There is wide consensus among scholars and analysts that these negative measures and outcomes are inter-related symptoms of political and economic models that favor a few industries and corporate interests over the needs of the larger population. Historically, wealth and resources have flowed out of the region, and those who remained have had to make do with substandard, poorly funded schools, overwhelming political corruption, and environmental devastation. Despite some progress and some reductions in the gaps between Appalachia and the rest of the nation, these trends continue.

But of course life goes on in Appalachia, a region of astounding natural beauty and rich cultural, artistic, and culinary traditions. This complex idea—that central Appalachia is both troubled AND vibrant, even in the area of food production and consumption—will almost certainly be glossed over in Jamie Oliver’s TV show.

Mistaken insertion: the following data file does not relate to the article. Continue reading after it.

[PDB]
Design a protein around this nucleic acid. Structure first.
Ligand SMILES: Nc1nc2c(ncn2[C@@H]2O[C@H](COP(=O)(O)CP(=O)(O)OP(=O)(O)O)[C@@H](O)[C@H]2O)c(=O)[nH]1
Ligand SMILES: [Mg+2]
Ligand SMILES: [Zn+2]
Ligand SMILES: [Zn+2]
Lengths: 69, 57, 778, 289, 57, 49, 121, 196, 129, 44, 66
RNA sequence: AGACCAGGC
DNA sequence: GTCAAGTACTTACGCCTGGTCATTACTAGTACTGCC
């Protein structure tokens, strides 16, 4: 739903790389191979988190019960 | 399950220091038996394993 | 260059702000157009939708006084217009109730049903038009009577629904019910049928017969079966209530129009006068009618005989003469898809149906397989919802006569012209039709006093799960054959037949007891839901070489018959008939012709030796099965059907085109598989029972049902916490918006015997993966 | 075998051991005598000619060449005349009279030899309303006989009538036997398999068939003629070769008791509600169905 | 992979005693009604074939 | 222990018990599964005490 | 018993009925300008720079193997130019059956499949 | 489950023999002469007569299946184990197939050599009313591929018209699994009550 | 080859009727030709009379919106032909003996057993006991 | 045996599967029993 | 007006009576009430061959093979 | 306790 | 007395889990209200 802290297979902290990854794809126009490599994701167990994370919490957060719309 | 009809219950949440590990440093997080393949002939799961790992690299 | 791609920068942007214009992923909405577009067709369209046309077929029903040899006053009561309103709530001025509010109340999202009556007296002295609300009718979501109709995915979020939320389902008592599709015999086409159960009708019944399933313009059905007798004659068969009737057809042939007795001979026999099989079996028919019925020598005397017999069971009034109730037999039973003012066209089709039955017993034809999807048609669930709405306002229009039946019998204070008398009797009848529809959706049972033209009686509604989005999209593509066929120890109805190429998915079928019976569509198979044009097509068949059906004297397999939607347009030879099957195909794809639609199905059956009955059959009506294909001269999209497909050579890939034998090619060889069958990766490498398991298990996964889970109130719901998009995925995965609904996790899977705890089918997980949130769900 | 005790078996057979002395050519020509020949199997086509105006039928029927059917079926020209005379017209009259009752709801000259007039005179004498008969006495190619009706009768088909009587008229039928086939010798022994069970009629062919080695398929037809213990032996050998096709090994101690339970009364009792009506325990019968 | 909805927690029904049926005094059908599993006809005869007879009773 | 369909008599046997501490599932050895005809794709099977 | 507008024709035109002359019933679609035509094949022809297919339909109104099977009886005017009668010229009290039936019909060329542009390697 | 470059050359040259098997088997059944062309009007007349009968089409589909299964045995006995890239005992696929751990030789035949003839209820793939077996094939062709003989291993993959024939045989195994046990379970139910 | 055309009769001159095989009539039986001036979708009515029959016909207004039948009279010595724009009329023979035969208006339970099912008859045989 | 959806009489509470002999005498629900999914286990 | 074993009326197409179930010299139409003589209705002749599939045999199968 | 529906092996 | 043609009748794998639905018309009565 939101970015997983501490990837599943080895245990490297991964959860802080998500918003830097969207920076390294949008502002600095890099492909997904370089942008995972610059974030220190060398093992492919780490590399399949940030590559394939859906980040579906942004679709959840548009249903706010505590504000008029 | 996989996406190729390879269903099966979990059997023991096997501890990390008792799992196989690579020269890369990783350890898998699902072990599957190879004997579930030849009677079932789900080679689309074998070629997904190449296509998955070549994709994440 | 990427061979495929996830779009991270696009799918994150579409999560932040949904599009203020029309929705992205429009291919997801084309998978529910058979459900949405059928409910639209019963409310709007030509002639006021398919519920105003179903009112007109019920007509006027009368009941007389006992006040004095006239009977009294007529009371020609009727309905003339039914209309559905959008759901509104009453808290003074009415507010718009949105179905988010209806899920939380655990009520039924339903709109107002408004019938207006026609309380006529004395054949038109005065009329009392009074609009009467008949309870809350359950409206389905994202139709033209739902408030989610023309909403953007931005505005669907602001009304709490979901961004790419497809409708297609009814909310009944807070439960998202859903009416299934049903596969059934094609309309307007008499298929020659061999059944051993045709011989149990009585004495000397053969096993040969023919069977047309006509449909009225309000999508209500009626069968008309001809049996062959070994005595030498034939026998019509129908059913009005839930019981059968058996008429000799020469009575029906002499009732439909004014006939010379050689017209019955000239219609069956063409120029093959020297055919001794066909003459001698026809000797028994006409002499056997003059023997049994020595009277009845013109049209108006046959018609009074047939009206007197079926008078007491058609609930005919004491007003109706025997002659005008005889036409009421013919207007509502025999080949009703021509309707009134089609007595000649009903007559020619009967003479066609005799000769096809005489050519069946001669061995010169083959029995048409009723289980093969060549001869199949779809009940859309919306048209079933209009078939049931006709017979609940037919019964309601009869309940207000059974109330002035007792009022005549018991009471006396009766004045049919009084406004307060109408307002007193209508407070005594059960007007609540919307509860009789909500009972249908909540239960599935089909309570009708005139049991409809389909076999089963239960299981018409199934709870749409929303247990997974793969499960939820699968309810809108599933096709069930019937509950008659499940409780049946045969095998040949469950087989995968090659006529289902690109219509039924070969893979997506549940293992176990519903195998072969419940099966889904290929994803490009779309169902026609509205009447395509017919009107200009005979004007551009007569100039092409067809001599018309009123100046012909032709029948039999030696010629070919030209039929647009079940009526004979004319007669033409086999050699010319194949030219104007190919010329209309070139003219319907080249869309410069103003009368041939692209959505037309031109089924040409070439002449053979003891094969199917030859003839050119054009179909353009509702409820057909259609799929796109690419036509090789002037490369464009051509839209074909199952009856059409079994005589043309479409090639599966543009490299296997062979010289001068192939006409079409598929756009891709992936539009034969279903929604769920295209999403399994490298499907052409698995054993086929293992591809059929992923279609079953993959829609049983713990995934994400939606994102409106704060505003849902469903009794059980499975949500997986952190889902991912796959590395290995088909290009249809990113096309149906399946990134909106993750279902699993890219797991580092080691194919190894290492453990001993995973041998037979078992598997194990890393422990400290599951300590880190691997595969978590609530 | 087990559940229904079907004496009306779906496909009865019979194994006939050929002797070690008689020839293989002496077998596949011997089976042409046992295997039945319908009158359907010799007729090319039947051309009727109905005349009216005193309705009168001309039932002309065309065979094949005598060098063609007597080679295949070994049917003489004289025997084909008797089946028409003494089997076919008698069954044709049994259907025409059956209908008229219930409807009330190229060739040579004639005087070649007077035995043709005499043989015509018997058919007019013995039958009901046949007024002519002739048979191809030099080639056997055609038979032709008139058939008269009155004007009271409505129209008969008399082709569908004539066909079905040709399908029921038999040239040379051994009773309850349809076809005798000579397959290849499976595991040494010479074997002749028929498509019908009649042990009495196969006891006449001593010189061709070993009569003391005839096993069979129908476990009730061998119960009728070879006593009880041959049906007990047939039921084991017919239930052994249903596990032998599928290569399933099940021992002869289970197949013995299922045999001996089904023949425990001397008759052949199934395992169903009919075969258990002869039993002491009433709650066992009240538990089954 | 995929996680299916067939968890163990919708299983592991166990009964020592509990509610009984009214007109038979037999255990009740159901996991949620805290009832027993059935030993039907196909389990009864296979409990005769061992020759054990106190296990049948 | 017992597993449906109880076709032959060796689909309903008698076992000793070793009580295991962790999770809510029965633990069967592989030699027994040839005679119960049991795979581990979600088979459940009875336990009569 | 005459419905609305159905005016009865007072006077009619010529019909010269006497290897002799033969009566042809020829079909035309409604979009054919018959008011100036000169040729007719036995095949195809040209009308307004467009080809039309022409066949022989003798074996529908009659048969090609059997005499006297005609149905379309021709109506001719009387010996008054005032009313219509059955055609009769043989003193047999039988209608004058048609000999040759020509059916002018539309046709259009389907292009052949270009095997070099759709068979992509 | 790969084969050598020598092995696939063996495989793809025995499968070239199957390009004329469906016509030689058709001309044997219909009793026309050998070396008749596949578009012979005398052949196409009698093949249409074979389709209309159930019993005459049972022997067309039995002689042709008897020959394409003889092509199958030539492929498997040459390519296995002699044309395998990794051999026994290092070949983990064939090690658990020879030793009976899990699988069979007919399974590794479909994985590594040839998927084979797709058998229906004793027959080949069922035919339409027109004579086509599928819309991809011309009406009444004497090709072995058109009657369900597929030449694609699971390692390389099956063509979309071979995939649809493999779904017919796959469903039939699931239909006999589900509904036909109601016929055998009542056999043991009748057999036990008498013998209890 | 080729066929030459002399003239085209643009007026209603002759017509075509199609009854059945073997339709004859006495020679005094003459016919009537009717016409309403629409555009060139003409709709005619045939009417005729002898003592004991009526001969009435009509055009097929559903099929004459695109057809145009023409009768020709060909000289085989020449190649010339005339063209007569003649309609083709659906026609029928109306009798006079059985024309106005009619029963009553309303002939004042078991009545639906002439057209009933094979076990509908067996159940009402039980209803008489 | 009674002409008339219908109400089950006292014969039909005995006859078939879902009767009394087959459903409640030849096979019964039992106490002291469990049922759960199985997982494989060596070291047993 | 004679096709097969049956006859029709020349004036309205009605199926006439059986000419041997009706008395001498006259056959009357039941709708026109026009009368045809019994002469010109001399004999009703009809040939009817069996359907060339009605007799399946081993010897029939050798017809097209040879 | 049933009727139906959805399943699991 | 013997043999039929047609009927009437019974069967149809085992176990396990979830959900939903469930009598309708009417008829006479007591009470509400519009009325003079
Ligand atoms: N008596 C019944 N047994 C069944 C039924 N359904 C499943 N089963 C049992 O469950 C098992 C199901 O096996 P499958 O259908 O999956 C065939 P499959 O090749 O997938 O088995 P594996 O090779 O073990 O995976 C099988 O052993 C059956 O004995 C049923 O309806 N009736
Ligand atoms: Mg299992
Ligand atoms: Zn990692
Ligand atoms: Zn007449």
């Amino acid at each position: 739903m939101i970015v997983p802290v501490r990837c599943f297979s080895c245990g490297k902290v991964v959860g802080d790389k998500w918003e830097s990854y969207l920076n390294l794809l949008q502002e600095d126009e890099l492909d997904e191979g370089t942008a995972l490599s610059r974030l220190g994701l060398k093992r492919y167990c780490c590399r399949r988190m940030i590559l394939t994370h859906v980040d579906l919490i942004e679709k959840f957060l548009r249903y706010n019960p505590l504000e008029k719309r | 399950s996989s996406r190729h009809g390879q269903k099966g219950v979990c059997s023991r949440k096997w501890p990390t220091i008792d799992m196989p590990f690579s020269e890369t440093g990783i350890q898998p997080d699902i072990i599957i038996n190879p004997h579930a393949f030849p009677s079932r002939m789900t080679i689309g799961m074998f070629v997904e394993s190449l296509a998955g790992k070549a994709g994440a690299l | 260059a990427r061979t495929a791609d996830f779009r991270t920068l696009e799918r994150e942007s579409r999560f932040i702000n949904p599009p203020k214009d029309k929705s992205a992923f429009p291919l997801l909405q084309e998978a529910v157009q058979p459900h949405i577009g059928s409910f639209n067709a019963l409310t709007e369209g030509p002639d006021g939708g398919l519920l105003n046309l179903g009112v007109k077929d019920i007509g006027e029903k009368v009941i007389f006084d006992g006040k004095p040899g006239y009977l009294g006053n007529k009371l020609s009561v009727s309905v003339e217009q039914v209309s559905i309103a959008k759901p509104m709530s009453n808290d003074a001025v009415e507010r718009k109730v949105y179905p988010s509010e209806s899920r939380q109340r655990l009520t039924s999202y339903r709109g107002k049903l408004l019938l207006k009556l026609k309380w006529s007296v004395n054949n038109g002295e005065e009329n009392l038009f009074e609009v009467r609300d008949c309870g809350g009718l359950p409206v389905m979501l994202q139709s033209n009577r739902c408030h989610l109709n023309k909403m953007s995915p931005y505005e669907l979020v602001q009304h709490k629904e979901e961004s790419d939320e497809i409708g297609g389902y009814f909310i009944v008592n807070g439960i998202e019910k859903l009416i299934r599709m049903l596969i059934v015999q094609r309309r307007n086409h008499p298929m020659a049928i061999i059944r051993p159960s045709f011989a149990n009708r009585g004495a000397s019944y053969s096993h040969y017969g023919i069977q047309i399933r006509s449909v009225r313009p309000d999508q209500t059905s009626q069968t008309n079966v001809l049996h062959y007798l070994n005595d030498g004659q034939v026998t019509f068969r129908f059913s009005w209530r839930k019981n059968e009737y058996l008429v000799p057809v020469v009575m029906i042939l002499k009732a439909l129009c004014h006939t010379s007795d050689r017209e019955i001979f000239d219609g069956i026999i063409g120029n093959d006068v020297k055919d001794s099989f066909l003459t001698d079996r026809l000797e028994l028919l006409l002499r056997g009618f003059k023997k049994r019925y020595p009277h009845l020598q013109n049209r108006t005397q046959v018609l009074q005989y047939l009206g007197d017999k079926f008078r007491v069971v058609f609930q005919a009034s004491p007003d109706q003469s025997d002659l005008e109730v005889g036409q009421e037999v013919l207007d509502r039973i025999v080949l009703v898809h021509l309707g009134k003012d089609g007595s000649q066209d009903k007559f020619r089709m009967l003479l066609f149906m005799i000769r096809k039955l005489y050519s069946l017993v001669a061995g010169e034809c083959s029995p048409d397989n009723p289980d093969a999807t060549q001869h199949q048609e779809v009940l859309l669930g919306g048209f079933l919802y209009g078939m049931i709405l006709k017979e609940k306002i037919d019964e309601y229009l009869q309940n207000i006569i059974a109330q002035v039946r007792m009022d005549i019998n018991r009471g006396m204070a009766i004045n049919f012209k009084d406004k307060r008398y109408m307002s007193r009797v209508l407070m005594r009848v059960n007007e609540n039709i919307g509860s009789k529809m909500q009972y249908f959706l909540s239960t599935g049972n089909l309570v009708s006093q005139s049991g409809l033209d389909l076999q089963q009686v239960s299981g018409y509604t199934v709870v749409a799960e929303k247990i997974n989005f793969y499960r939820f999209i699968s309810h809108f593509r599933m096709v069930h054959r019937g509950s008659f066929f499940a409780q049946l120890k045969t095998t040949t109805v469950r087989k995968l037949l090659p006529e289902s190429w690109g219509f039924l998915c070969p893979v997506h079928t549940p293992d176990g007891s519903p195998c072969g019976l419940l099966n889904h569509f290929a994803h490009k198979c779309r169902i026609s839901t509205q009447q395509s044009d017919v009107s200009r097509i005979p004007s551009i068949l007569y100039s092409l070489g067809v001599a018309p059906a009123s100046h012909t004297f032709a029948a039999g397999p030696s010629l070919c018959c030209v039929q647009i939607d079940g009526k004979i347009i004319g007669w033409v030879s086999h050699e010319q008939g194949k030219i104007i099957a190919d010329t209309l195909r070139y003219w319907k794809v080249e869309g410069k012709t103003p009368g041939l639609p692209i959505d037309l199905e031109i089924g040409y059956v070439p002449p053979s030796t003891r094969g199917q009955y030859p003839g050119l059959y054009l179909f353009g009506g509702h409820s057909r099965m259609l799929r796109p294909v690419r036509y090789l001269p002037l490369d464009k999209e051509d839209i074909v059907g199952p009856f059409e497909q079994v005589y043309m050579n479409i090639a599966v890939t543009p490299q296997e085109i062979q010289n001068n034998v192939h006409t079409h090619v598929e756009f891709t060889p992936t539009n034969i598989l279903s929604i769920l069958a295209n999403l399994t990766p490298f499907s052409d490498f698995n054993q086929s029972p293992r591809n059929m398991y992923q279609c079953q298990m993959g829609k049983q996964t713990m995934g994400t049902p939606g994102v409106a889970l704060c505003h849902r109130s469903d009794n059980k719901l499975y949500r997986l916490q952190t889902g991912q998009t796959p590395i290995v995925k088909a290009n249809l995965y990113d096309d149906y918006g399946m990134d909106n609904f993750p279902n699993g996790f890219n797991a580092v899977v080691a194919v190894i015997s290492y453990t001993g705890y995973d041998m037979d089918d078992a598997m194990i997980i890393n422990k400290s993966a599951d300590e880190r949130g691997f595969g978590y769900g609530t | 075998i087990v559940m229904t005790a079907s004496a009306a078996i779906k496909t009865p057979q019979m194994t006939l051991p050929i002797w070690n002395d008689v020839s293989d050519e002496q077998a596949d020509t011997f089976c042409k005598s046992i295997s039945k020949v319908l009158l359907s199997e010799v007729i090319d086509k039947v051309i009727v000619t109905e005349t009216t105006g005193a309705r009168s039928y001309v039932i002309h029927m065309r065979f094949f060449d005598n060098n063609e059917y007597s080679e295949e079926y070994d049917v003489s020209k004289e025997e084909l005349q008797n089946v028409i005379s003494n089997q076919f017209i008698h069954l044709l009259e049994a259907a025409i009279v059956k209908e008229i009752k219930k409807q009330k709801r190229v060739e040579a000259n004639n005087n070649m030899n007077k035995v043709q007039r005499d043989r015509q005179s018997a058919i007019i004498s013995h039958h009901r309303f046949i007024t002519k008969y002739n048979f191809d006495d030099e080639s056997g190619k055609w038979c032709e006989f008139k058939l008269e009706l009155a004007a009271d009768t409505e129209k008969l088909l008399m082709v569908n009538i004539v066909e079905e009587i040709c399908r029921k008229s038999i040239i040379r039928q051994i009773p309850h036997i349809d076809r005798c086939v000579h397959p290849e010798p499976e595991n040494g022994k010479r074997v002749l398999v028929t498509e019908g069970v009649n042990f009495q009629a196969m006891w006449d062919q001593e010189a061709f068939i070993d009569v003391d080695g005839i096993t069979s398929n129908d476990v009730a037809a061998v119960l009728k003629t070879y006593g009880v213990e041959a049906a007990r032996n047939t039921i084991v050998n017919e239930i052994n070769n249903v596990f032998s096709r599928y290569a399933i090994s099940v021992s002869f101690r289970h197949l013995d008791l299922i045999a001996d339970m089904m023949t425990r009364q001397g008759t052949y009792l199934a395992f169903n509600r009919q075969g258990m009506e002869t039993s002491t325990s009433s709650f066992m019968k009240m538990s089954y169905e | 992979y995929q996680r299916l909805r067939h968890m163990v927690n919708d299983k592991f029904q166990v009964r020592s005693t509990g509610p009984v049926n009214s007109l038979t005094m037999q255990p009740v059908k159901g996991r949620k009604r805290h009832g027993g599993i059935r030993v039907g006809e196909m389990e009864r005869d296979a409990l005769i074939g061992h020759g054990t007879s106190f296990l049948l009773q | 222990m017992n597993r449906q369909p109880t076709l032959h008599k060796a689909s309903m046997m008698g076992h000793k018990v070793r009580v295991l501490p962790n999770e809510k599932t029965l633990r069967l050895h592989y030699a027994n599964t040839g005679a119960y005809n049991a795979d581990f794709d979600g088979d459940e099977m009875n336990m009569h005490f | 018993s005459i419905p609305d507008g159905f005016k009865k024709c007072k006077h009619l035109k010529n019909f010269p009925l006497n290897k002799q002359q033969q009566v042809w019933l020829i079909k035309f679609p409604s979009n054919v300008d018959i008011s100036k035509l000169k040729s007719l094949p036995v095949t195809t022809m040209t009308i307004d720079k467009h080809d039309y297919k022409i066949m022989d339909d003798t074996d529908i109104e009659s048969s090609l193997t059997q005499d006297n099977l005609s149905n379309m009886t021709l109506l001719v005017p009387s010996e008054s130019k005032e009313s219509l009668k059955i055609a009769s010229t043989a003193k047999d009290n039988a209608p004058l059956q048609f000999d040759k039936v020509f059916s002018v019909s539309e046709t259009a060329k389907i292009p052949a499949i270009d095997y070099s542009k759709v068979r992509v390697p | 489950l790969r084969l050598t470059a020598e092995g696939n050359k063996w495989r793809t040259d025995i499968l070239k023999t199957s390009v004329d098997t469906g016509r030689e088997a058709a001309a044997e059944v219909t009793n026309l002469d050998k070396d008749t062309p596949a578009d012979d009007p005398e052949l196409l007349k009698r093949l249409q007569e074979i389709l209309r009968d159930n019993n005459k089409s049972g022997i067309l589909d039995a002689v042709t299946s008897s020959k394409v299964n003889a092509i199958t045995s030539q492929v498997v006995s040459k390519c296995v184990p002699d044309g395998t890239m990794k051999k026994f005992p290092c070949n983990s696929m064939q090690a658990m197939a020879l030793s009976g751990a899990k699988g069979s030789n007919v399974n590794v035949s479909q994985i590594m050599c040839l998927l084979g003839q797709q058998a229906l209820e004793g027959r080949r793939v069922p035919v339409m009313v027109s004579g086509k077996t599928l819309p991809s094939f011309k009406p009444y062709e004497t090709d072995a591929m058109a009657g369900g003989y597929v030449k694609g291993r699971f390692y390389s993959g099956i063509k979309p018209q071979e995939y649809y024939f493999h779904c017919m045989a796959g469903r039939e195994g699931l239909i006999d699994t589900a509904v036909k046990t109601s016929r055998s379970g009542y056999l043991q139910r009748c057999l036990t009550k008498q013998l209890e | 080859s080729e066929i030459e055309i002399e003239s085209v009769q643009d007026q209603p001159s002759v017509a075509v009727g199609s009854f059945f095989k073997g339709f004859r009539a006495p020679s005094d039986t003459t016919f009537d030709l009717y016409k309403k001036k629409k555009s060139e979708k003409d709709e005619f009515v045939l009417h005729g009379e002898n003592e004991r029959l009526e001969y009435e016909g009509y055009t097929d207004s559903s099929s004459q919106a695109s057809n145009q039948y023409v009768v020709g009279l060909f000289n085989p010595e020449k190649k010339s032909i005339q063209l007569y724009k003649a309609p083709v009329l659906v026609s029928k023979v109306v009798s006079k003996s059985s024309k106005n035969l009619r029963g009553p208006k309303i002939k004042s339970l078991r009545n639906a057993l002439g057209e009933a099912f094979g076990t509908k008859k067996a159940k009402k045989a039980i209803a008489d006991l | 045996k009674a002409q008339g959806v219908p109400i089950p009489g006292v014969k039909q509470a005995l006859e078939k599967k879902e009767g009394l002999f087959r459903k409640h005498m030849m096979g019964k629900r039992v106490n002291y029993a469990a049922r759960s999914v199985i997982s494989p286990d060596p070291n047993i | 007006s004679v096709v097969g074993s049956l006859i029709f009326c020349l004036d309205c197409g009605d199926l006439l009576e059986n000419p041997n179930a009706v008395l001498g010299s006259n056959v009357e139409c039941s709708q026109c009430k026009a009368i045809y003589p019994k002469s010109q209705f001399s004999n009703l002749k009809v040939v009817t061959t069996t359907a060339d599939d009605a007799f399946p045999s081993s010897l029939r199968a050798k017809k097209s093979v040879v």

Even leaving aside the media’s long history of distorted representations of Appalachia, signs are already pointing in this direction, as when Oliver recently stated that no Appalachian he has encountered knows how to cook from scratch. This is, of course, a comment that displays profound ignorance of the region’s cultural and culinary traditions that date back centuries.

This is an essential flaw in many pop culture representations of Appalachia, even the well-intentioned ones, that cast the region as some sort of “other America.” By focusing on a few individuals in a nonfictional or “reality-based” milieu, media products such as Oliver’s cooking show (or Diane Sawyer’s February 20/20 special) force unique and often sensational stories of struggle and woe to become proxies for the entire region in the public mind. I don’t doubt that Oliver has met few if any people who can cook from scratch. But when he makes such a generalization (based on limited evidence) to an audience of millions who know nothing about the region, his perspective is sufficient to create (or reinforce) a stereotype about all Appalachians that has little to do with complex reality.